Staff of the Alaska Public Offices Commission on Friday recommended a $52,650 fine against the campaign of Anchorage Mayor Dave Bronson for what it says are multiple violations of Alaska campaign finance rules.
The report, released Friday, found that the Bronson campaign violated transparency rules when it did not disclose tens of thousands of dollars in debt for more than seven months after it was incurred — until after this year’s April 6 election and the May 11 runoff — among multiple other infractions of state campaign finance rules, according to the report.
“Finally, after wading through (Bronson for Mayor’s) utterly confusing reports for many days, it is clear to staff that the public had no idea of what was going on in the BFM campaign until well after the April 6, 2021 election and the May 11, 2021 runoff election,” the report said.
Bronson’s campaign finance reports did not come “even close to compliant” until runoff election day, according to the report. It recommends the commission issue the full civil penalty of $52,650.
Bronson’s campaign lawyer, Stacey Stone, said that the campaign is cooperating with APOC’s process, which is still ongoing.
“During the course of the campaign, the campaign became aware of certain errors with regard to reports submitted to the APOC,” Stone said by email. “The Bronson for Mayor campaign has publicly acknowledged those issues and worked to rectify the same in real time. Many prior candidates with nearly identical issues have received significantly lower fines in the past.”
APOC must still review the recommendations and has not yet issued a decision on whether to fine the Bronson campaign or by how much, and the campaign has 10 days to issue a formal response to the staff report.
Forrest Dunbar, Bronson’s opponent in the runoff race for Anchorage mayor, first lodged a complaint in April with the commission, alleging multiple infractions amounting to tens of thousands of dollars in misreported campaign finances and illegally accepted contributions.
“The reporting requirements exists for a reason and that’s transparency,” Paula DeLaiarro, Dunbar’s campaign treasurer, said Friday.
Dunbar and DeLaiarro at the time they filed the complaint requested an expedited review, which the commission denied during a hearing.
During that hearing, Stone said that Bronson’s campaign was working to remedy some errors in its report and also said that some of Dunbar’s allegations were conjecture without proof and should be “dismissed summarily.”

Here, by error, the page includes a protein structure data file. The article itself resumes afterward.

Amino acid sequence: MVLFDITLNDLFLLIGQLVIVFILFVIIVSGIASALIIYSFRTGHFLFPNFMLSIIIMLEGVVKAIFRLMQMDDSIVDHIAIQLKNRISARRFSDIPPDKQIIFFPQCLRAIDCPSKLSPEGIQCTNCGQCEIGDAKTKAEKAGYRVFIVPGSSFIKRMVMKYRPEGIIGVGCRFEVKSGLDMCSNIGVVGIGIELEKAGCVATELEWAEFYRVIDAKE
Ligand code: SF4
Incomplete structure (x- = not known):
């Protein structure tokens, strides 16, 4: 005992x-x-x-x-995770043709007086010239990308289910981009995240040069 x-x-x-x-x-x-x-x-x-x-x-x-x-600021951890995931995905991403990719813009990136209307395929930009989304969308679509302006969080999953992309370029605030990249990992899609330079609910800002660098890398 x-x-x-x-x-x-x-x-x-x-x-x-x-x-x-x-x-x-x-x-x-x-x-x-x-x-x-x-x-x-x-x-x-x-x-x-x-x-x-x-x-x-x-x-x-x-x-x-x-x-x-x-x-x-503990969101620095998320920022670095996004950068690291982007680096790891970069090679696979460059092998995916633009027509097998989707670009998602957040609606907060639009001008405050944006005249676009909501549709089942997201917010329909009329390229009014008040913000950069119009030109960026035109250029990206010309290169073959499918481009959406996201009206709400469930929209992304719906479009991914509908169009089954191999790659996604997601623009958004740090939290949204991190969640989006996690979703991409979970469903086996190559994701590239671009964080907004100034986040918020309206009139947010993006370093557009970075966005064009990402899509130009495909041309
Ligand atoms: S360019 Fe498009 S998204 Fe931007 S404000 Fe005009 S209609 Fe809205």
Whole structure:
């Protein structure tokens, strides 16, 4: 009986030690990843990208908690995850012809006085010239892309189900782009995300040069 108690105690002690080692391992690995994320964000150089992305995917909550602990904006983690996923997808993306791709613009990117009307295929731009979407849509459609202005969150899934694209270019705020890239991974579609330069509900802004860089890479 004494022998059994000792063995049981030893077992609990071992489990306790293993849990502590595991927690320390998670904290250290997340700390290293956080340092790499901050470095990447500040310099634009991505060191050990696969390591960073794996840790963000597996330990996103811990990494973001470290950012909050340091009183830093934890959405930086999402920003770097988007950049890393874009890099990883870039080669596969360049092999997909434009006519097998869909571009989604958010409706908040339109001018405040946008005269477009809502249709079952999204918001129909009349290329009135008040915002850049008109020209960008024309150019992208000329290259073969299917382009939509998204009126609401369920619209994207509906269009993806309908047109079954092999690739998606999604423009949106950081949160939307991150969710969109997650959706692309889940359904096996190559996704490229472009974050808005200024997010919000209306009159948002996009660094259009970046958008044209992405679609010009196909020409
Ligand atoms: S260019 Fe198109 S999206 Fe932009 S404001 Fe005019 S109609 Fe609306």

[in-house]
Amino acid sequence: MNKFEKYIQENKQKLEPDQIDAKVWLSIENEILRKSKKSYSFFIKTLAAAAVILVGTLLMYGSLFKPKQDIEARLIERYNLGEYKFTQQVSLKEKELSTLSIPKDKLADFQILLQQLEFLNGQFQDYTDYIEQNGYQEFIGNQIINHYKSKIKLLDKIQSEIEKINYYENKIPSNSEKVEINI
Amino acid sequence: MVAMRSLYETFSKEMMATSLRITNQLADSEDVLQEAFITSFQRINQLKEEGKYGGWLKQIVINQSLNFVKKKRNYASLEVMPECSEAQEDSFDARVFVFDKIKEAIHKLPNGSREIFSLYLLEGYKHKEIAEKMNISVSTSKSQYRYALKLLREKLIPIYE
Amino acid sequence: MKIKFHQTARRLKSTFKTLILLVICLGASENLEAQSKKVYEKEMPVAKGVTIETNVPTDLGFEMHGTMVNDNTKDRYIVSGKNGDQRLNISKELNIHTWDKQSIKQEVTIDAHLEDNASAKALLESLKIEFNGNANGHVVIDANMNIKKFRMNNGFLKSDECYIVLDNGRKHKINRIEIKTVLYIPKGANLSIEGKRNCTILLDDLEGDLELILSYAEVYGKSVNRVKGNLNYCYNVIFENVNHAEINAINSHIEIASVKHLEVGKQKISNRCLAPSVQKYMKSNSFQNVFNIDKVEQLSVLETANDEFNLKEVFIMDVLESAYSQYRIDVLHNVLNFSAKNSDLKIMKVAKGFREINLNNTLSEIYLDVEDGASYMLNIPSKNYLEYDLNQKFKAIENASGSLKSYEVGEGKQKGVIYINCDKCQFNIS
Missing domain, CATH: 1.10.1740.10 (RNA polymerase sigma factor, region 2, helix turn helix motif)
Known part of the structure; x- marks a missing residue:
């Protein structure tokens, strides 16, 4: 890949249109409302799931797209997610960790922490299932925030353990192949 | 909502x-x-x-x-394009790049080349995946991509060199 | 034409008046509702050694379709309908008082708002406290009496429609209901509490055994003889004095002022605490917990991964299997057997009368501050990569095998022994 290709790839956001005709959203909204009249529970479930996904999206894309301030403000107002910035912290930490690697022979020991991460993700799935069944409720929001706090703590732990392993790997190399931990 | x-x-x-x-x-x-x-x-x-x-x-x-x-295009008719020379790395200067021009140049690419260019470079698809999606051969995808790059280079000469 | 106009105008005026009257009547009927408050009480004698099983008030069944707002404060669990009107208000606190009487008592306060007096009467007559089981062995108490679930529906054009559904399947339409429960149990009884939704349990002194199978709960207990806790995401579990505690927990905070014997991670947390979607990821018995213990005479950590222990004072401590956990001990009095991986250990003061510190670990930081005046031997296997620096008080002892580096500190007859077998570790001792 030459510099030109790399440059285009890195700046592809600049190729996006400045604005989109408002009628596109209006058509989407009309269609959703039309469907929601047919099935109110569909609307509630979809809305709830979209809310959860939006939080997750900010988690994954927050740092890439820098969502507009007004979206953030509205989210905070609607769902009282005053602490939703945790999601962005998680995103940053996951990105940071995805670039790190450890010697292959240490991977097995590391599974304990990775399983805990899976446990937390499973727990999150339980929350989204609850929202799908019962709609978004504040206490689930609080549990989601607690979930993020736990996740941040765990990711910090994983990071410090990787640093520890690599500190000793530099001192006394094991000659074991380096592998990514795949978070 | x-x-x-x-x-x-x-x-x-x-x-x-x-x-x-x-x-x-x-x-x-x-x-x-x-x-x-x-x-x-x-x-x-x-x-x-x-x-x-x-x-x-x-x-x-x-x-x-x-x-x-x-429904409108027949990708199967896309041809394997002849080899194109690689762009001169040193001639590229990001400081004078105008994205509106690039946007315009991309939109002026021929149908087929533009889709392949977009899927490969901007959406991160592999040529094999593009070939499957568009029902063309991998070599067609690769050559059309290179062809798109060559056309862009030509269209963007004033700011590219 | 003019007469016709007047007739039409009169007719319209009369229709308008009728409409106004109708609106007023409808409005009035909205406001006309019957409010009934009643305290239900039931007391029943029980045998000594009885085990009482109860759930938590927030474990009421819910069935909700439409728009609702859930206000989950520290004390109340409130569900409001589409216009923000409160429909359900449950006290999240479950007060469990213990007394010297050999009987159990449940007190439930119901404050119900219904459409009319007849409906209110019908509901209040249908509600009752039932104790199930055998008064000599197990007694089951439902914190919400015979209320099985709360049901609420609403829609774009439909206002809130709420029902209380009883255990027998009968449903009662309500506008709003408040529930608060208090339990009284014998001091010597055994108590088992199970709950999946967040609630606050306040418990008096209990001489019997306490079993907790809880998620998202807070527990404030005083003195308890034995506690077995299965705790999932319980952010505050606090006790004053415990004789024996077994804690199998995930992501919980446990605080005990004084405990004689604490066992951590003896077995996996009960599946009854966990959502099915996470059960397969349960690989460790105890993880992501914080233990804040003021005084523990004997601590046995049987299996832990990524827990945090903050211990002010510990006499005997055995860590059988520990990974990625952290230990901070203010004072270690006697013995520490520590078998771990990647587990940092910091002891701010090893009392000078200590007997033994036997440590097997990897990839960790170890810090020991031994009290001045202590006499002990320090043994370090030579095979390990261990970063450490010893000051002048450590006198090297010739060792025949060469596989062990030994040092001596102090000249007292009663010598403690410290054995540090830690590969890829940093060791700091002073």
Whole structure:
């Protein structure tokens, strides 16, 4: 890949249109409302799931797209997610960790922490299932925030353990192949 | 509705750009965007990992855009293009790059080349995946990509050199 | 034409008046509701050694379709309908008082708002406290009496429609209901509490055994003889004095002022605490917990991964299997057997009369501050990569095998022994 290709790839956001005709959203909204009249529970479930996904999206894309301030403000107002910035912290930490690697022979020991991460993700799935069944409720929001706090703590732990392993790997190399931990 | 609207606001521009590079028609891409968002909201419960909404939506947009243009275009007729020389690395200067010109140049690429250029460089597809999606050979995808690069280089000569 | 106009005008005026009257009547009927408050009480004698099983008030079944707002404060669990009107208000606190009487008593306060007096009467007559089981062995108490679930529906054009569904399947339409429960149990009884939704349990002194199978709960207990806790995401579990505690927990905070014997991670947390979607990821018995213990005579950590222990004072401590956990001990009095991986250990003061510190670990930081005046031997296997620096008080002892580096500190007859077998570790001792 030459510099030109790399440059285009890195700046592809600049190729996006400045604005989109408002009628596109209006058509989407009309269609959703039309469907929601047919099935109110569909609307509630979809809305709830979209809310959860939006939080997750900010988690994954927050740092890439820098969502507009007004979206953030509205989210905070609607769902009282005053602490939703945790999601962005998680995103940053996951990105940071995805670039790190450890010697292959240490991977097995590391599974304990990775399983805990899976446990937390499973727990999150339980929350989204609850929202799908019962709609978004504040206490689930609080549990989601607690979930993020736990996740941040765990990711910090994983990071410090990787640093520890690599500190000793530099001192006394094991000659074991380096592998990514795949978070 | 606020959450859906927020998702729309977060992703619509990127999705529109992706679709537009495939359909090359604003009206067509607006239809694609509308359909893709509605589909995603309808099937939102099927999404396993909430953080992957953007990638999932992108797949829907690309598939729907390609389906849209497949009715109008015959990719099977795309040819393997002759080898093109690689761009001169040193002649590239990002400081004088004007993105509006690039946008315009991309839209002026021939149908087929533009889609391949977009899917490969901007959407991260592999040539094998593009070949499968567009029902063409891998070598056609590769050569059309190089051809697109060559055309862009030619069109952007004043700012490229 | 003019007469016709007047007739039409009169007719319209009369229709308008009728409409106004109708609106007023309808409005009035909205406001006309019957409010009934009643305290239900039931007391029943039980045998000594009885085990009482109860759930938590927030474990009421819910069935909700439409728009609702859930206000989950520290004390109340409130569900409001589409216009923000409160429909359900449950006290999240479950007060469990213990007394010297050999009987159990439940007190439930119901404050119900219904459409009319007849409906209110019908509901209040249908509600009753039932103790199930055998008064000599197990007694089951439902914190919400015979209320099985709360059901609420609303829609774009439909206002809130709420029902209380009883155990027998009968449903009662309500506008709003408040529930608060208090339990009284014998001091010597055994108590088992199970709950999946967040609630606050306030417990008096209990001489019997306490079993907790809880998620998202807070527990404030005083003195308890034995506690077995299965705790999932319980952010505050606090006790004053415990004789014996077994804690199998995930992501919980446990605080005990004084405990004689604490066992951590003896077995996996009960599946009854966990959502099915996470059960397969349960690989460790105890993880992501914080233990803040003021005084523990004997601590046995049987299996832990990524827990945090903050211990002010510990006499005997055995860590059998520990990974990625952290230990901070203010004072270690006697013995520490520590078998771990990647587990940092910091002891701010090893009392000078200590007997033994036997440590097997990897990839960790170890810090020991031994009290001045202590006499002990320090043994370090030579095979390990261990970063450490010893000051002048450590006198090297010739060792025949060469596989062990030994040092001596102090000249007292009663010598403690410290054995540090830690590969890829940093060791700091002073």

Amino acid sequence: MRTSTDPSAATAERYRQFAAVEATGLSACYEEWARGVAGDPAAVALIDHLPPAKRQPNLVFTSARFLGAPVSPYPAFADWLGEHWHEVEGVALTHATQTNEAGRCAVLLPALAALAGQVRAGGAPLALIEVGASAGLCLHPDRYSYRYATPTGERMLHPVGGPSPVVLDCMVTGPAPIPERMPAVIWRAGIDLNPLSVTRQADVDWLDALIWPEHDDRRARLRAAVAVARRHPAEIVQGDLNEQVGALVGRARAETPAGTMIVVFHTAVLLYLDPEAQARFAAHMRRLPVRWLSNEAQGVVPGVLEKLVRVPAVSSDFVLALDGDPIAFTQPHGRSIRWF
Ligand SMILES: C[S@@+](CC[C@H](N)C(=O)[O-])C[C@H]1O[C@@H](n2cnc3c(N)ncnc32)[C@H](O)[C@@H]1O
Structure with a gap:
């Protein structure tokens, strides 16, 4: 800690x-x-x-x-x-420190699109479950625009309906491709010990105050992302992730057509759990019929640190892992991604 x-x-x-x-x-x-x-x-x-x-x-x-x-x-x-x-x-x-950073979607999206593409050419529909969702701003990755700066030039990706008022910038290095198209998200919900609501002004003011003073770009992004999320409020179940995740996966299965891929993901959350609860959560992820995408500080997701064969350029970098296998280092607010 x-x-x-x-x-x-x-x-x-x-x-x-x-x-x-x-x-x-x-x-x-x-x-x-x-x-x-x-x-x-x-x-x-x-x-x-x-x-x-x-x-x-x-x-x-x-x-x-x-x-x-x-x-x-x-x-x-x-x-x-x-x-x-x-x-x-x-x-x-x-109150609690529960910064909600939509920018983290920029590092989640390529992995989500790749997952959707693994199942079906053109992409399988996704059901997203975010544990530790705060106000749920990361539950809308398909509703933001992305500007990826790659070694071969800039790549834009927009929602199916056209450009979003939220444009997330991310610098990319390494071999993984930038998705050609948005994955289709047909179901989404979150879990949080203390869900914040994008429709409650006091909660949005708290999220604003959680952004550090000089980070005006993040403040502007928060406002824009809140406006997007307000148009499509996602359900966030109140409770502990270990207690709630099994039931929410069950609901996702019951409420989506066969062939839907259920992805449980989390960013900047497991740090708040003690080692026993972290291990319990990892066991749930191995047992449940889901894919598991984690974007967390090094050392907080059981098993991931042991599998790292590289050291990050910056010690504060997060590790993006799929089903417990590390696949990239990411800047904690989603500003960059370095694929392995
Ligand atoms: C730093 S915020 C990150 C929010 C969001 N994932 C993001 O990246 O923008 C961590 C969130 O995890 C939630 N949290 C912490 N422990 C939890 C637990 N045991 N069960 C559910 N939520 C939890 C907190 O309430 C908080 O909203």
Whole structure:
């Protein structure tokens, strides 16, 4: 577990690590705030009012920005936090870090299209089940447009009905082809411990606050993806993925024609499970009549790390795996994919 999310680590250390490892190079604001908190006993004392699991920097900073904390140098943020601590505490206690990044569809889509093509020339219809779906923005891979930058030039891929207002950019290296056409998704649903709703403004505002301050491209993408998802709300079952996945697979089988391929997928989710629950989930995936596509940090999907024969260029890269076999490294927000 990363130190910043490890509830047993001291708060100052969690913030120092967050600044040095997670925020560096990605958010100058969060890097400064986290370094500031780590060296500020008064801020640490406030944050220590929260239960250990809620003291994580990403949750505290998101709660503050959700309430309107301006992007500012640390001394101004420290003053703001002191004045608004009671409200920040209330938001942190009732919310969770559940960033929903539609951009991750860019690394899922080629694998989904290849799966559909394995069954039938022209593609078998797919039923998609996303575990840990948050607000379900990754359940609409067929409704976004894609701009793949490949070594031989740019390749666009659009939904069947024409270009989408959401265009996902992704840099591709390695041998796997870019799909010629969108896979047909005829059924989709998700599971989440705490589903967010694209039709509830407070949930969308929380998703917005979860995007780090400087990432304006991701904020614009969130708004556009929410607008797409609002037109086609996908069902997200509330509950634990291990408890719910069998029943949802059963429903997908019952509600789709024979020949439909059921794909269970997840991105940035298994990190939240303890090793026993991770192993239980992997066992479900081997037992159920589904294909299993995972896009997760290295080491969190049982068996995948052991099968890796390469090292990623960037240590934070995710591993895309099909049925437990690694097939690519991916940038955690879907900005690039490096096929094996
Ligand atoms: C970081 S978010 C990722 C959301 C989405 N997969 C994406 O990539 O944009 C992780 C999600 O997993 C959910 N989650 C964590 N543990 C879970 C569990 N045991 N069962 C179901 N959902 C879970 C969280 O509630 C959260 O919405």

The subsequent investigation by APOC staff into Bronson’s campaign finances found misreported debt, including $95,000 to Hackney and Hackney, a political consultant and communications firm owned by Republican consultant Art Hackney. That debt, which the campaign incurred on Sept. 20, 2020, wasn’t reported until more than seven months later, on May 5, 2021, and “may or may not actually have been $150,000,″ the report states.
The APOC investigation also found that the Bronson campaign, in a report before the April 6 election, did not disclose debt to Axiom Strategies, a Kansas-based Republican political consulting firm founded by Ted Cruz’s former campaign manager.
“Here you have this national political organization that was kind of operating under the radar,” said Paula DeLaiarro, Dunbar’s campaign treasurer.
Bronson signed a contract with Axiom on Feb. 4, putting the company on retainer, but that debt was not included in the campaign’s reports until May, according to the report to APOC. Then, when the Bronson campaign did report the debt, it underestimated the debt to Axiom and changed, from $20,000 to $80,000 and then to $60,000.
The campaign never gave a realistic estimate of the debt, the report said.
As of May 5, payments to Axiom from the Bronson campaign had amounted to $240,831, according to the report.
The staff report found other violations, including not reporting the names of local television and radio stations subcontracted by Hackney and Hackney to run advertisements and accepting a few donations in excess of the $500 per year limit, including an extra $500 from Jerry Prevo, longtime leader of the Anchorage Baptist Temple and president of Liberty University.
The report also recommended dismissing some other allegations from the Dunbar campaign against Bronson.
The report asks that staff be able to continue its investigation into one complaint regarding certain polling data, for which Bronson for Mayor’s reports show no expenditure, debt or nonmonetary contribution that would match acquiring the polling data.
Thomas Lucas, the campaign disclosure coordinator who prepared the report to APOC, said that the commission will now decide whether it agrees with the report’s findings and decide the amount of the fine.
The Bronson for Mayor campaign has 10 days to issue a formal response to the report, Lucas said. Then the commission will take the matter up at its next meeting during the end of September, he said.
“The campaign continues to cooperate with the ongoing process and will respond in due course,” Stone said. “However, this matter should not serve as a distraction from the ongoing work of the Bronson Administration, as it continues to focus on growing the Anchorage economy, tackling issues relating to homelessness and revitalizing the Port of Alaska.”